HEC introducing NEW competency-based undergraduate education system across Pakistan next year
The new system will be implemented in 2021.
After undertaking extensive consultations for 18 months with over 1,000 individuals in 143 universities on ‘measures to enhance student success’, The HEC has come to a conclusion: revamping of the undergraduate curriculum by the introduction of a ‘competency-based education’.
What is competency-based education?
All universities and affiliated colleges across Pakistan will be subject to The HEC’s new curriculum. The competency-based framework will apply to all undergraduate degrees, including the four-year Bachelor Studies degree (B.S.), the profession degrees (MBBS, B.E., LLB, and the like), as well as the two-year Associate Degree (A.D.).
Chairman HEC, Dr. Tariq Banuri, stated:
The purpose of education is to enable students to succeed in their future life – not only in their jobs but also in their social, political, and personal endeavors. Universities have to maximize the probability of such success, primarily through the undergraduate degree programs.
According to The Chairman HEC, the new system will be implemented in the coming year. This system will ensure that the educational programs orient themselves with 21st-century skills and students’ future needs, which will positively impact educational achievement and future success.
The new curriculum will focus on interpersonal and behavioral attributes. It aims to teach students the application of acquired knowledge and skills to life’s challenges, by emphasizing curiosity, discovery, and creativity.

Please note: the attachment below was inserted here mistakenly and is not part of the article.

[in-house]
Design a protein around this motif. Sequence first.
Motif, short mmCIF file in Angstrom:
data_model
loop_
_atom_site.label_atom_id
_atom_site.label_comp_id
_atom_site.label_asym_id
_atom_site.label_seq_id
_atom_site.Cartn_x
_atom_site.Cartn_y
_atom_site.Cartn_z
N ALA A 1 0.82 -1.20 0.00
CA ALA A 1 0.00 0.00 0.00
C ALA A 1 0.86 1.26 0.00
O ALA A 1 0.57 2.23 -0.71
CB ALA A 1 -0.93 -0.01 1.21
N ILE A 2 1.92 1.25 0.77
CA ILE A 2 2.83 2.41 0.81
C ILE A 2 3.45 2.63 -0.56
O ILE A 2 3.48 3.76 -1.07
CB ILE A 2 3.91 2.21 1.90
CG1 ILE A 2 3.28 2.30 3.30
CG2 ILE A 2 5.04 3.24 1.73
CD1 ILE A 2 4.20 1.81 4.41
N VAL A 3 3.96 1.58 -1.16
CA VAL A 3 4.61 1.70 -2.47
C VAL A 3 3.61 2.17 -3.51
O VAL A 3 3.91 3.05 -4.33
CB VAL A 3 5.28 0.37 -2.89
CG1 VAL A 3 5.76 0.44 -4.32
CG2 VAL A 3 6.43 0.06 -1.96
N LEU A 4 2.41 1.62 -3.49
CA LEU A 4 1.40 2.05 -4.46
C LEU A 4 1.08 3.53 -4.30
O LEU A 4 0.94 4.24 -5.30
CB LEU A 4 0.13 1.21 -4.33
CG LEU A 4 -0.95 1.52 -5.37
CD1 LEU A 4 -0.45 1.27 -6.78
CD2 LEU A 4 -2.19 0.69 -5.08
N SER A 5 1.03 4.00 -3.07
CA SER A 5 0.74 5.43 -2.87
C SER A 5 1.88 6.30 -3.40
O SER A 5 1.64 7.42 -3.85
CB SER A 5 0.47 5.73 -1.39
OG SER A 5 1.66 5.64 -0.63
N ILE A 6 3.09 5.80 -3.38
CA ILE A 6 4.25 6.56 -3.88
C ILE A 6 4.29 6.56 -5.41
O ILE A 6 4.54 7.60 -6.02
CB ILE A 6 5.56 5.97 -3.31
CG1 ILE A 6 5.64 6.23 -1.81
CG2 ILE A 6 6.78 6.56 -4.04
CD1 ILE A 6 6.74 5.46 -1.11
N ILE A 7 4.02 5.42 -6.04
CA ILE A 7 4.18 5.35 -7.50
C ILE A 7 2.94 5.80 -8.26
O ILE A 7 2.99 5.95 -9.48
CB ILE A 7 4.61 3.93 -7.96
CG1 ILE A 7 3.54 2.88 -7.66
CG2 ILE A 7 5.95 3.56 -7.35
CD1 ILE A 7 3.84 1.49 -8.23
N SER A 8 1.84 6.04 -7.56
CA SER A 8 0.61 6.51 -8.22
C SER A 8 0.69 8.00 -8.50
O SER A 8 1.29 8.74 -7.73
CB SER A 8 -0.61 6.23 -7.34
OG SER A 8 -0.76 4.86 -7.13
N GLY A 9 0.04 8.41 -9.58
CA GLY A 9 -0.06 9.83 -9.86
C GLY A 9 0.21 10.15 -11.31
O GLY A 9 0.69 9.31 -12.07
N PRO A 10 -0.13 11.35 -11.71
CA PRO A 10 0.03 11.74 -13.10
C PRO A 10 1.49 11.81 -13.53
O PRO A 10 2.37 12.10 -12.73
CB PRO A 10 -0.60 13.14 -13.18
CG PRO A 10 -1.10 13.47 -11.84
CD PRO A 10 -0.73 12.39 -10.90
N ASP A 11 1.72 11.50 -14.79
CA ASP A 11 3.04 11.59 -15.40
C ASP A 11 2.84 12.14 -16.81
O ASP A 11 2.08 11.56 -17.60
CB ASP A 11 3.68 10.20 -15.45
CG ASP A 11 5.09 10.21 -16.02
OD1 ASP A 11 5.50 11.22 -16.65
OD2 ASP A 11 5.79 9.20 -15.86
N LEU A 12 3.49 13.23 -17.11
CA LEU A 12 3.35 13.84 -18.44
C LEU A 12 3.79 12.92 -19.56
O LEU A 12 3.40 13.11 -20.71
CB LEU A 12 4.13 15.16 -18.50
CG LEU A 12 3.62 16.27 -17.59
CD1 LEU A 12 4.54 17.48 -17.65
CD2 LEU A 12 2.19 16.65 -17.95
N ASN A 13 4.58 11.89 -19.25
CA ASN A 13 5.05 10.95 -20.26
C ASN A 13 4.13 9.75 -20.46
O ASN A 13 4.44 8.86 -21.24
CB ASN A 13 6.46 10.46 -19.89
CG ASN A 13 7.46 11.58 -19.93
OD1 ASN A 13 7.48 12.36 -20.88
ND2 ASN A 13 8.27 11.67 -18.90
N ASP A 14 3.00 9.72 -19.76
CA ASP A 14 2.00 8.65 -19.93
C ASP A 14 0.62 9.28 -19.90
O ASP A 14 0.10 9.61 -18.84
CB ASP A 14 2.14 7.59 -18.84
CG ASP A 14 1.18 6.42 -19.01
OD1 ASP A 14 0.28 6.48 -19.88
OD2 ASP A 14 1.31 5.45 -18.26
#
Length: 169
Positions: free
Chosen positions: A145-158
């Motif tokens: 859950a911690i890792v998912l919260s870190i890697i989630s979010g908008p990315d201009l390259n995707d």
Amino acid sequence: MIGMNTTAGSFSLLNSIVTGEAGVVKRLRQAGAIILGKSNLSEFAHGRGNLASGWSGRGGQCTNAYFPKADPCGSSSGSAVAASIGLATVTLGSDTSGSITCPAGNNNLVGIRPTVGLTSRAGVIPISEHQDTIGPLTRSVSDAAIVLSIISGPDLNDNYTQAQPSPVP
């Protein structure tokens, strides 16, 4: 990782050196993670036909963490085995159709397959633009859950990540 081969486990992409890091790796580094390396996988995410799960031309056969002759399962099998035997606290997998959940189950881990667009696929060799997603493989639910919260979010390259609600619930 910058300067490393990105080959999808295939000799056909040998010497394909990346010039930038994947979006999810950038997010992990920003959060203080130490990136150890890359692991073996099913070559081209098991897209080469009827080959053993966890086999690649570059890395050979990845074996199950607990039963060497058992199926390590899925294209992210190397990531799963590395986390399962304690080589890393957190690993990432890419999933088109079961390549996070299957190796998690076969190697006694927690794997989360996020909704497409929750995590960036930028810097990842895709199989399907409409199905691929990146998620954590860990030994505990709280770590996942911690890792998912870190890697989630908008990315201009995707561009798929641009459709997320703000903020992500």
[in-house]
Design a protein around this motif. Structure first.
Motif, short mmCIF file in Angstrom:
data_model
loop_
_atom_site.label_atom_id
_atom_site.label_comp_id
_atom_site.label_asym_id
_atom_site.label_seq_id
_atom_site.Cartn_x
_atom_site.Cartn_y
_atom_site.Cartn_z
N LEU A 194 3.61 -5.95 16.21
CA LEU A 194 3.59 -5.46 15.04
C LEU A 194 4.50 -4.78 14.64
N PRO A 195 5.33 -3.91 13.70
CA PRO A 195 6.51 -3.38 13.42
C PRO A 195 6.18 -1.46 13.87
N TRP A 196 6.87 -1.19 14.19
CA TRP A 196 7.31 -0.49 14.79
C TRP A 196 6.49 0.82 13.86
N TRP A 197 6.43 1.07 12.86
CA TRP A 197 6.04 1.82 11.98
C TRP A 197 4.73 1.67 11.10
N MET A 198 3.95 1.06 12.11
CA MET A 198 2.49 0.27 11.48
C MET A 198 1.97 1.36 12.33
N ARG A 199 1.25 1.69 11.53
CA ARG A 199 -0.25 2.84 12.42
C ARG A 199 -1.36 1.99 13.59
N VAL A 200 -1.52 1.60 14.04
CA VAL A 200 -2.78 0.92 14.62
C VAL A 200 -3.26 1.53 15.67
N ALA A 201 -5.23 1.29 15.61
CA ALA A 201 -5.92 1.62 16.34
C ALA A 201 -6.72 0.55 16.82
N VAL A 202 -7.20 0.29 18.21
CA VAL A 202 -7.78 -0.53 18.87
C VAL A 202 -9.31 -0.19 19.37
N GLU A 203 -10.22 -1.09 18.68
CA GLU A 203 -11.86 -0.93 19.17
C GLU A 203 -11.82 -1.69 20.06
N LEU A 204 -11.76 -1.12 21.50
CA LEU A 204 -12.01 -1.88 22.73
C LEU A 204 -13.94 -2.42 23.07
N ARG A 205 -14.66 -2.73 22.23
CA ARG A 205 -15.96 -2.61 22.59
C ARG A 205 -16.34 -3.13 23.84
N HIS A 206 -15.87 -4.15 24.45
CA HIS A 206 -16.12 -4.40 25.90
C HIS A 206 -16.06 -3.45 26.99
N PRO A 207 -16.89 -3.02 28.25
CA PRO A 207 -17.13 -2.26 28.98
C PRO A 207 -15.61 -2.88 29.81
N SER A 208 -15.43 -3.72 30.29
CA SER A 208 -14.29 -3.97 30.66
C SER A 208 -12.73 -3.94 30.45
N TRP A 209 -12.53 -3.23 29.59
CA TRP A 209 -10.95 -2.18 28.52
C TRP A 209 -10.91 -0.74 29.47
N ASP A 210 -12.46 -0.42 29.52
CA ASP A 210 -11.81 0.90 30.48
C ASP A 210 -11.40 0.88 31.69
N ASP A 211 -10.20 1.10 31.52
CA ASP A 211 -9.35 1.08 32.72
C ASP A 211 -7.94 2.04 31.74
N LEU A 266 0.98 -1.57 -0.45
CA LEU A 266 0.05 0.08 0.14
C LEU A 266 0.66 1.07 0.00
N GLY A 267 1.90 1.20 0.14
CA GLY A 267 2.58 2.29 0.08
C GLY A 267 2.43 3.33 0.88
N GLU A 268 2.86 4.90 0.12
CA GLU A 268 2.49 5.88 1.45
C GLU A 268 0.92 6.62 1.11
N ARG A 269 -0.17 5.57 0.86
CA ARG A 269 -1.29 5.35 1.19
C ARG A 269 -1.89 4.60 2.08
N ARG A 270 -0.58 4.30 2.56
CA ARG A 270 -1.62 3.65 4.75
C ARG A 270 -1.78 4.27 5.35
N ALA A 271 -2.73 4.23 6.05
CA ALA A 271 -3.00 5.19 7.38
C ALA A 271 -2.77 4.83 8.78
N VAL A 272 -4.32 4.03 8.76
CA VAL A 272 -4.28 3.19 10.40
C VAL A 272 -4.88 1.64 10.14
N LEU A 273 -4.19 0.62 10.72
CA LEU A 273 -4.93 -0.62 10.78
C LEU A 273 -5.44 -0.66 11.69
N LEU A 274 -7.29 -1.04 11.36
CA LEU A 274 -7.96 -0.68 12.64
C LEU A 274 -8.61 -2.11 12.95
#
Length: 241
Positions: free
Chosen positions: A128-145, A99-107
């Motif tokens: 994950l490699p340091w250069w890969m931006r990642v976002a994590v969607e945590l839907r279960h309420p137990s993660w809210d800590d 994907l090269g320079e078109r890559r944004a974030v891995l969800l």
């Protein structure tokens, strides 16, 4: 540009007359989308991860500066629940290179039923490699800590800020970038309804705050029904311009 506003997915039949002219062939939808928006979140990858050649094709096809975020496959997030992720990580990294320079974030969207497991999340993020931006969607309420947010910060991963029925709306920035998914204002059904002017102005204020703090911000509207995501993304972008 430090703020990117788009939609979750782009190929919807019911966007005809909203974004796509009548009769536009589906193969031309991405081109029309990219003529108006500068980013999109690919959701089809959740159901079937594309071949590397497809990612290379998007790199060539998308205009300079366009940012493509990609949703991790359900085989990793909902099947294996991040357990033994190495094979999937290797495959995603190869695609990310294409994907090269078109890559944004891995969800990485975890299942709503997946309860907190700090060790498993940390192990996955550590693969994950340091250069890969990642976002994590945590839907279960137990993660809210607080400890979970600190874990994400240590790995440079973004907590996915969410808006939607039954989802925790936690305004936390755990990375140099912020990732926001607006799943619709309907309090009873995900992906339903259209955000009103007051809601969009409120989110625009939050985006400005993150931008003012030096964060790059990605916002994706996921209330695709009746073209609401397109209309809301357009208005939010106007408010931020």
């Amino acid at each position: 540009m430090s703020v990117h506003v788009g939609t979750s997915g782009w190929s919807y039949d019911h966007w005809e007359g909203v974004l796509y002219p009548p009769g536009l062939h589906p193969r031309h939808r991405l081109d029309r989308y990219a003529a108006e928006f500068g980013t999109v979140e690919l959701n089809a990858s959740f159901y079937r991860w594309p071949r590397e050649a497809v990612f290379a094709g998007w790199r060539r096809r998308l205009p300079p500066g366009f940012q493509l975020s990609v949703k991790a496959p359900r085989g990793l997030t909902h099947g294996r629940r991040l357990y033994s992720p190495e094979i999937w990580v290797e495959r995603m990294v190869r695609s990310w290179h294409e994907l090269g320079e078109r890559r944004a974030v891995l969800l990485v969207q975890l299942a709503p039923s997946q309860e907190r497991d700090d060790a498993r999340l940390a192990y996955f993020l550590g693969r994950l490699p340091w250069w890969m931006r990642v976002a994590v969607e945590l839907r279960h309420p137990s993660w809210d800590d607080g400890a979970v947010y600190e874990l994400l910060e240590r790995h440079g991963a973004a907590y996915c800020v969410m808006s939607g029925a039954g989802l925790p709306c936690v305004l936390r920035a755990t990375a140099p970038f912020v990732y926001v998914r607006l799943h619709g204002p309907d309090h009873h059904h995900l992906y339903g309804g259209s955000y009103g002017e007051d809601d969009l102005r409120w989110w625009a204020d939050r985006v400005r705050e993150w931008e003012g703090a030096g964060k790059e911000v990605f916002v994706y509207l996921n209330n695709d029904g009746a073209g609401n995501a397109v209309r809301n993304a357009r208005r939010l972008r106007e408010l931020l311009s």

Under the new curriculum, every undergrad student will complete General Education (G.E.) courses in the major domains of human knowledge/generalization in their earlier semesters, before moving on to required departmental courses in their areas of specialization (also called Majors).
The purpose of this sequencing is to provide the students with flexibility in their specialization. This flexibility means that students will have the autonomy to study different things and graduate either with a single Major or a double Major, or a Major plus one or two Minors.
Practical experience mandatory for graduation
The new curriculum addresses potential employers’ concerns by making the practical experience compulsory for graduation.
The practical experience will comprise of a summer internship in an actual work environment, an additional real-world life skill (entrepreneurship and business development, civic engagement and network building) or sports and competitions, and similar extracurricular activities (business incubation centers (BICs), student clubs, green clubs, sports, or university magazines).
All the practical work will be evaluated and included in the students’ records. However, it will not be graded because the sole purpose is to equip students with essential life skills (effective writing and communication, introduction to quantitative analysis, etc.).
Possible for students to switch between degree programs
The revamped undergraduate program will allow students to change between degree programs by transferring credits and hours (of completed courses and completed practical experience). The only condition is meeting the admissions criteria of the new institution and the new program.
The HEC understands that revamping the curriculum alone cannot improve the quality of undergraduate education. Simultaneous investments are needed for effective teaching and meaningful quality assurance too. Thus, the National Academy of Higher Education (NAHE) has been established, and the Quality Assurance Agency (QAA) is being revamped.
World Bank-funded Higher Education Development in Pakistan (HEDP), a five-year project (2019/20 – 2023/24) being implemented by the HEC, has extended partial support to the implementation of the new curriculum. The Postsecondary Education Reform Unit (PERU) of the HEC is taking the lead in improving the teaching and learning component of HEDP. This project aims to support:
Research excellence in strategic sectors of the economy, improve teaching and learning, and strengthen governance in higher education.
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